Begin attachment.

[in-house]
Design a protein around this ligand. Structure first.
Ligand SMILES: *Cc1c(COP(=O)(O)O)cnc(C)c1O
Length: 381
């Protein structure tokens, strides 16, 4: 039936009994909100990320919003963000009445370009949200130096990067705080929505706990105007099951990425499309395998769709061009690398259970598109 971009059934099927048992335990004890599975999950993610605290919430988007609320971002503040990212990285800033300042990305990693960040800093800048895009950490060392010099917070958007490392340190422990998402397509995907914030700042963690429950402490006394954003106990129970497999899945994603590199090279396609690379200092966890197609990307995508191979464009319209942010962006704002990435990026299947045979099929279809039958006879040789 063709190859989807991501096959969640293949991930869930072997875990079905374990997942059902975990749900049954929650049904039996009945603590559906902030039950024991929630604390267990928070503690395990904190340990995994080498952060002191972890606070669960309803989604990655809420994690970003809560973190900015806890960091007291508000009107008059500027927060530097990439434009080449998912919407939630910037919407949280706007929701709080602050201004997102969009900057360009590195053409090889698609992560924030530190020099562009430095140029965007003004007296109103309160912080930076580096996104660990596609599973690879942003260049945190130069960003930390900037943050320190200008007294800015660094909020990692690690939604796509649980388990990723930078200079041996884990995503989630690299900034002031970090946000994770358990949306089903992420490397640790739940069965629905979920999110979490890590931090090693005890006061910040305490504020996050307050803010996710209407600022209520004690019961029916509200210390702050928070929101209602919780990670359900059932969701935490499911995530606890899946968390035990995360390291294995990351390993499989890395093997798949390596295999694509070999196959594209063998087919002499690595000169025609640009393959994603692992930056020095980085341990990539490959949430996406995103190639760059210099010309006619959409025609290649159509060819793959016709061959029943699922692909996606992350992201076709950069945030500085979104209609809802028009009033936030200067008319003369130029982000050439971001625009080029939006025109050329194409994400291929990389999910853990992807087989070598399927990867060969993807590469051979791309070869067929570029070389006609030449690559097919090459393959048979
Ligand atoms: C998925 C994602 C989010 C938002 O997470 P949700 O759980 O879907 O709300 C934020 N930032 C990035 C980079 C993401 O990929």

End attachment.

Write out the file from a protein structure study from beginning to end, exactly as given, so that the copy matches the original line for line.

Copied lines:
[in-house]
Design a protein around this ligand. Structure first.
Ligand SMILES: *Cc1c(COP(=O)(O)O)cnc(C)c1O
Length: 381
């Protein structure tokens, strides 16, 4: 039936009994909100990320919003963000009445370009949200130096990067705080929505706990105007099951990425499309395998769709061009690398259970598109 971009059934099927048992335990004890599975999950993610605290919430988007609320971002503040990212990285800033300042990305990693960040800093800048895009950490060392010099917070958007490392340190422990998402397509995907914030700042963690429950402490006394954003106990129970497999899945994603590199090279396609690379200092966890197609990307995508191979464009319209942010962006704002990435990026299947045979099929279809039958006879040789 063709190859989807991501096959969640293949991930869930072997875990079905374990997942059902975990749900049954929650049904039996009945603590559906902030039950024991929630604390267990928070503690395990904190340990995994080498952060002191972890606070669960309803989604990655809420994690970003809560973190900015806890960091007291508000009107008059500027927060530097990439434009080449998912919407939630910037919407949280706007929701709080602050201004997102969009900057360009590195053409090889698609992560924030530190020099562009430095140029965007003004007296109103309160912080930076580096996104660990596609599973690879942003260049945190130069960003930390900037943050320190200008007294800015660094909020990692690690939604796509649980388990990723930078200079041996884990995503989630690299900034002031970090946000994770358990949306089903992420490397640790739940069965629905979920999110979490890590931090090693005890006061910040305490504020996050307050803010996710209407600022209520004690019961029916509200210390702050928070929101209602919780990670359900059932969701935490499911995530606890899946968390035990995360390291294995990351390993499989890395093997798949390596295999694509070999196959594209063998087919002499690595000169025609640009393959994603692992930056020095980085341990990539490959949430996406995103190639760059210099010309006619959409025609290649159509060819793959016709061959029943699922692909996606992350992201076709950069945030500085979104209609809802028009009033936030200067008319003369130029982000050439971001625009080029939006025109050329194409994400291929990389999910853990992807087989070598399927990867060969993807590469051979791309070869067929570029070389006609030449690559097919090459393959048979
Ligand atoms: C998925 C994602 C989010 C938002 O997470 P949700 O759980 O879907 O709300 C934020 N930032 C990035 C980079 C993401 O990929």